Down to Earth: The Death of a Tiller


| June/July 1993


When I first moved to the farm more than a decade ago, I’d just survived a divorce, and I tackled the garden for therapy as much as for food. The family who had farmed the property for a lifetime before me had planted gardens but hadn’t attended to the overall appearance of the property. With my background in landscaping and my love of gardening and herbs, I began shaping the garden to fit my mental view of order.

The main garden was a flat piece of ground, about 100 by 130 feet, on an otherwise sloping hillside. It was surrounded by wire fencing and filled with head-high weeds, along with two dozen young trees. After clearing out a lot of debris and mowing the weeds, I spread corrugated roofing (blown off the barn in a storm years ago) over about half the garden for a few weeks to kill any remaining plant life. I then borrowed a tractor, cleared away the trees, and plowed most of the space.

However, the site I envisioned for my herb bed was a raised area along one side of the garden, so close to the fence that I couldn’t use the tractor there. The space contained a telephone pole with its buried brace wire and several thorny honey locust saplings. As I didn’t own a tiller, I dug much of the bed by hand, but I wasn’t really satisfied; hand-digging is no substitute for the soil mixing and grinding that a tiller can do.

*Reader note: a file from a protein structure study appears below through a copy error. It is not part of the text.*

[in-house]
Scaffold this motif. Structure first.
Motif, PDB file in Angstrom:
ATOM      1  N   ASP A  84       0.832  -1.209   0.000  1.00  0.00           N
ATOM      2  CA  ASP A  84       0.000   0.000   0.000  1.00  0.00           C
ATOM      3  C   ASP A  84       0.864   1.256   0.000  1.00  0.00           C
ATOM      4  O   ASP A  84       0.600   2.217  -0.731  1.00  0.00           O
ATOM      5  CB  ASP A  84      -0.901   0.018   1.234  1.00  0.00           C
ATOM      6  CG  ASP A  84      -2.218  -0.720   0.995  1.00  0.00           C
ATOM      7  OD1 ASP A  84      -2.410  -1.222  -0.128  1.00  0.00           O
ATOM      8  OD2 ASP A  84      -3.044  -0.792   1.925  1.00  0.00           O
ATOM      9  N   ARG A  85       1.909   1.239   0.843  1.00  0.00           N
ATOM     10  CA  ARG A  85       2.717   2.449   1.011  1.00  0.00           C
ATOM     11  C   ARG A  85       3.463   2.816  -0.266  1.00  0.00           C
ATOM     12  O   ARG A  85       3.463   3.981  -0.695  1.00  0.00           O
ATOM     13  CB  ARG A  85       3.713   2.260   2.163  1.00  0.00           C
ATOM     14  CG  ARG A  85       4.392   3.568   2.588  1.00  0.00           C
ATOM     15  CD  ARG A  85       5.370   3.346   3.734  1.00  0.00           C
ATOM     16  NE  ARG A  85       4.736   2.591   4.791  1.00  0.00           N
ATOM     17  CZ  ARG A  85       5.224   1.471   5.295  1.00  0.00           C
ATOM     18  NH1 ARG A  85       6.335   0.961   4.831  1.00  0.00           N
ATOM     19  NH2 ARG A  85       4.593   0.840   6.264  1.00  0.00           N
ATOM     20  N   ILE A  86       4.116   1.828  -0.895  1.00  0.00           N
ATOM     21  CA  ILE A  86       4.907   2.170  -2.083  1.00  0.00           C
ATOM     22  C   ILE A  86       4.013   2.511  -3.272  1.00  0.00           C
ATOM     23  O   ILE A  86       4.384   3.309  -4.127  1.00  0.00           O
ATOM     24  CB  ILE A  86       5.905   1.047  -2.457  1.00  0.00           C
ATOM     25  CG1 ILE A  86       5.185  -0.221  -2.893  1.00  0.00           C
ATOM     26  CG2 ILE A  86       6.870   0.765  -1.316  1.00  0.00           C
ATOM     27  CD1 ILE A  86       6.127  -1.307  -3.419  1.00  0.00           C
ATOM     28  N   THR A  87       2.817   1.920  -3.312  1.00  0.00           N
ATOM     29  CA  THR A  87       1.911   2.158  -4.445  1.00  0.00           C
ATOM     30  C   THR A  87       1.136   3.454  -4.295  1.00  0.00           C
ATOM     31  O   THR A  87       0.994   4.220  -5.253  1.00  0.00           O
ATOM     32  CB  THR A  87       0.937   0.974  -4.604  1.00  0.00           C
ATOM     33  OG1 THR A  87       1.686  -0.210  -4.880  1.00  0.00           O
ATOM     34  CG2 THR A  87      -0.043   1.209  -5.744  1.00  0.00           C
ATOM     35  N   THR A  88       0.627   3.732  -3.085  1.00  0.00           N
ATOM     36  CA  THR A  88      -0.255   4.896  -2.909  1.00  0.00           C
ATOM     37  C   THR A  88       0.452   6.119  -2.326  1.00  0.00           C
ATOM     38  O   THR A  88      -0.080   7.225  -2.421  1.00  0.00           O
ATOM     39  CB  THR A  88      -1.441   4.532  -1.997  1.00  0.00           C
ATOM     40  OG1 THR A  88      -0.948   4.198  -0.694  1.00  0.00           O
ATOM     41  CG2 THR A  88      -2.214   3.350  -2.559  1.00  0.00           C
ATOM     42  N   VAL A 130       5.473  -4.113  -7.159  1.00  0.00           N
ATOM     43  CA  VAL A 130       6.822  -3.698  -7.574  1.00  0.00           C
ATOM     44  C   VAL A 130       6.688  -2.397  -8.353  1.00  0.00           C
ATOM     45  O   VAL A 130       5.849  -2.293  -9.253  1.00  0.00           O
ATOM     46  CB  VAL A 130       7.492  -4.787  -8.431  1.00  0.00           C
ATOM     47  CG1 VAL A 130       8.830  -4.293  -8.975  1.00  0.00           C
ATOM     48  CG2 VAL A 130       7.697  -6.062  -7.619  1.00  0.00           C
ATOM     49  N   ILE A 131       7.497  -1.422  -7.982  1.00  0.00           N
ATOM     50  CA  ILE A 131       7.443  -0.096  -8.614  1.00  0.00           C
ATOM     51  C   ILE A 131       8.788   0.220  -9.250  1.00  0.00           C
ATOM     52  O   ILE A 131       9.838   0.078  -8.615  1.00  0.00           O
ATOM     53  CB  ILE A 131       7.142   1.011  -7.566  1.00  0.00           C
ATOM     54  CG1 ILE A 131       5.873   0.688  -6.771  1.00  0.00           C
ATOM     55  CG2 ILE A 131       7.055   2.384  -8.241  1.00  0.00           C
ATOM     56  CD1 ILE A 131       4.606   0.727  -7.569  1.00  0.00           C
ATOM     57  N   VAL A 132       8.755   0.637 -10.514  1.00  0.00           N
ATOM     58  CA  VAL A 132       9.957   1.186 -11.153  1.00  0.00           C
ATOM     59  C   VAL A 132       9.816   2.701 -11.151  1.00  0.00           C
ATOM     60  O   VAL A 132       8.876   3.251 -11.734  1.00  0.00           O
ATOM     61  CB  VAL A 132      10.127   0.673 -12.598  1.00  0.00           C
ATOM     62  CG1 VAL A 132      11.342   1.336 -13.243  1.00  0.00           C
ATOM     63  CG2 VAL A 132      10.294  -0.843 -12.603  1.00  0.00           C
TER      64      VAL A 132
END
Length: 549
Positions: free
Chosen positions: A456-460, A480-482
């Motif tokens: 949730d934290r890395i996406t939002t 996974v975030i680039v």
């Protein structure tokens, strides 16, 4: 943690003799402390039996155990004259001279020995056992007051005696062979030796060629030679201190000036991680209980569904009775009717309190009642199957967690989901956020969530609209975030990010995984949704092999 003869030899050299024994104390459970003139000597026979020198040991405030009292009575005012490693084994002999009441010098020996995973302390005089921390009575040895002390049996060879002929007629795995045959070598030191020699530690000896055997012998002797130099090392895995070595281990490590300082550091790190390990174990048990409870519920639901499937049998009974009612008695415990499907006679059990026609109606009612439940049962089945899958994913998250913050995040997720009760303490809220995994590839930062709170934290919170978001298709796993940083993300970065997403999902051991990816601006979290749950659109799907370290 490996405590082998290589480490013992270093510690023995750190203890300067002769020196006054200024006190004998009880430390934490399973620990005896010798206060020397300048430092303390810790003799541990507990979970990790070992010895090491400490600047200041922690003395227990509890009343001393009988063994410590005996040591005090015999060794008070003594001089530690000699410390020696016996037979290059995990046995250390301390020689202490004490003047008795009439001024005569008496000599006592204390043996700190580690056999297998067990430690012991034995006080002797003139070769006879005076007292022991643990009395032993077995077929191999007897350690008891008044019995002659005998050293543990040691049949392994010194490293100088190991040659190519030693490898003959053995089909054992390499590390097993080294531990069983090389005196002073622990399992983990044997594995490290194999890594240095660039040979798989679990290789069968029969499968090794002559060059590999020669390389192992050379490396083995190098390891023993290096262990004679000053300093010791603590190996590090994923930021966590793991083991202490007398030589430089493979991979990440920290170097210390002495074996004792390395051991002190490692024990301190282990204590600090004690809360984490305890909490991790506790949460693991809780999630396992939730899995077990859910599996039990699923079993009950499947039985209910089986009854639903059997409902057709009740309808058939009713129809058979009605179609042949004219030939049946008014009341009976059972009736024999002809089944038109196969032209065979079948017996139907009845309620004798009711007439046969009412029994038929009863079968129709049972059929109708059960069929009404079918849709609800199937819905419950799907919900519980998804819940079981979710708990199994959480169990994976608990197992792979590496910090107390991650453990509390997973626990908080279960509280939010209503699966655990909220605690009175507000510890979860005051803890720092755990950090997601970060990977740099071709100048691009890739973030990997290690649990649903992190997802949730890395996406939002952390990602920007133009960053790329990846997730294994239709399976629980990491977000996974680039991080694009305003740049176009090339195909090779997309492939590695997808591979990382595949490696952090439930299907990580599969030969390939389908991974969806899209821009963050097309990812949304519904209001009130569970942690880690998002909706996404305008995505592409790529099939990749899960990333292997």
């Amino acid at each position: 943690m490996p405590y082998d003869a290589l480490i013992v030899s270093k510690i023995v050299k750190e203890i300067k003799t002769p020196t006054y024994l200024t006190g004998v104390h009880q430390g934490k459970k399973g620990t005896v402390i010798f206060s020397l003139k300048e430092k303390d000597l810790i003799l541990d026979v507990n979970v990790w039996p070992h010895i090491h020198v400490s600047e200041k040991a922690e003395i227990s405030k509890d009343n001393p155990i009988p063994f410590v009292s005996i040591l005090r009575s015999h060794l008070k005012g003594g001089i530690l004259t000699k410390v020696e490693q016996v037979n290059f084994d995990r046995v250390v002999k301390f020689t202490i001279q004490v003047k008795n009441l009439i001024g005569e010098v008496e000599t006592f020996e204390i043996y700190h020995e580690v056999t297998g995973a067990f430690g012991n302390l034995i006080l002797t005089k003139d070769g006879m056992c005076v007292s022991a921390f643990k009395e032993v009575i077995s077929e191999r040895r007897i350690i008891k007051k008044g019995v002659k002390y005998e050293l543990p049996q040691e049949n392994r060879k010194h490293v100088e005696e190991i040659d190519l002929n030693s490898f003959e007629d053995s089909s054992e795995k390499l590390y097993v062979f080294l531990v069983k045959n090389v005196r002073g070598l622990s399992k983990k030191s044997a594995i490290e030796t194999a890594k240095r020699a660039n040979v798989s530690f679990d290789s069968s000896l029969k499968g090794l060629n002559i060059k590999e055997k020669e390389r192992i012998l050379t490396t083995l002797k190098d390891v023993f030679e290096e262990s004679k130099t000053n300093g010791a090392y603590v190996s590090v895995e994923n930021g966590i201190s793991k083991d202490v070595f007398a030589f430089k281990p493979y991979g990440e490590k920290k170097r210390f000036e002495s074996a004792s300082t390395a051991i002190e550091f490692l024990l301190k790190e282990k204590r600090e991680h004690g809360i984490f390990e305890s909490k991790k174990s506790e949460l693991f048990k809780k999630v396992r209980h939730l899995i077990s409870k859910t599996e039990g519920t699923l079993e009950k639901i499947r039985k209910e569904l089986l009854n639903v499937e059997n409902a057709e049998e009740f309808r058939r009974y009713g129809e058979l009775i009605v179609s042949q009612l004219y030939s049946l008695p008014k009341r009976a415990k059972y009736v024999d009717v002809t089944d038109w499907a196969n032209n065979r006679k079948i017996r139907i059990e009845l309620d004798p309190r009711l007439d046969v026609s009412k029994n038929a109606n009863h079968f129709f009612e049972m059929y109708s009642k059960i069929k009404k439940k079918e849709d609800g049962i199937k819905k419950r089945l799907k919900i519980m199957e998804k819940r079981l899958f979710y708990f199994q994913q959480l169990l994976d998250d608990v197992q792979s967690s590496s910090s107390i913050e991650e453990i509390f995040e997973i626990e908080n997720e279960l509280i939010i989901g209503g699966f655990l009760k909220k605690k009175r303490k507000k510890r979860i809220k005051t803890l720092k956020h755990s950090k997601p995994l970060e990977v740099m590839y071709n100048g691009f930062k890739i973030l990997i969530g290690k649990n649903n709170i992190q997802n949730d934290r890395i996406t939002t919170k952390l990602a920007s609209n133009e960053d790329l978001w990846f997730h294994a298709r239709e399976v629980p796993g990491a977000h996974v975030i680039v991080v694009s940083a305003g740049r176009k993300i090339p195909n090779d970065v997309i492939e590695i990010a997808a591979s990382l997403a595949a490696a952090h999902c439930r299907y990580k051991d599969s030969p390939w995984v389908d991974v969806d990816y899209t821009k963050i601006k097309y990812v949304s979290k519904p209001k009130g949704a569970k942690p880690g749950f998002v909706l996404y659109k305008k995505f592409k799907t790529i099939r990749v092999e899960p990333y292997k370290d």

The first year’s herb bed wasn’t particularly successful, and I decided that I needed to improve the soil’s tilth. During the winter, I piled on composted manure, added sand, and mixed in old chicken litter in the mistaken belief that herbs need rich soil to thrive.



I struggled that winter just to keep food on the table, and relied on what I raised on the farm for most of my sustenance and livelihood. At planting time, I was faced again with the problem of how to till the soil. A tiller was the obvious answer, and a friend helped me buy one on a time-payment plan.

The new tiller was a heavy-duty machine, its tines like fingers reaching into the earth (rather than the blades that most tillers have). The tines worked well in my rocky soil, and because the tiller was much lighter than the tractor I’d been using, I felt the ground would be less compacted. I named the new machine Merry Tiller after its brand name.







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